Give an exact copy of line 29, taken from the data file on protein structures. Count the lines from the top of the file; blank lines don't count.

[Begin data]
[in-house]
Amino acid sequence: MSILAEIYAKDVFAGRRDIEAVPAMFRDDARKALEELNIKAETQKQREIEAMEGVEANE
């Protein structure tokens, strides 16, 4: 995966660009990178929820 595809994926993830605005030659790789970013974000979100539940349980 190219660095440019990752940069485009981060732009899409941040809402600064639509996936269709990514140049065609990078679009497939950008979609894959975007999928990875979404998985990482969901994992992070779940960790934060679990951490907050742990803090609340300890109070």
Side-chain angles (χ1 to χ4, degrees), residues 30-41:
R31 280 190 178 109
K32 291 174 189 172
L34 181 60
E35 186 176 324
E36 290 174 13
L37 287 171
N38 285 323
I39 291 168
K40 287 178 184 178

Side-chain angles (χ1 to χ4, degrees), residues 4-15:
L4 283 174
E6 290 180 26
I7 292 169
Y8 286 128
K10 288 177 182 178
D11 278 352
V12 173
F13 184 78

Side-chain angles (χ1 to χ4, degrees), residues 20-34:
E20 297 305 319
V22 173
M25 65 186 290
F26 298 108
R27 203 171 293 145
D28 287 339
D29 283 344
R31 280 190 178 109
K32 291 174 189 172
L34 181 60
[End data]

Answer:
D28 287 339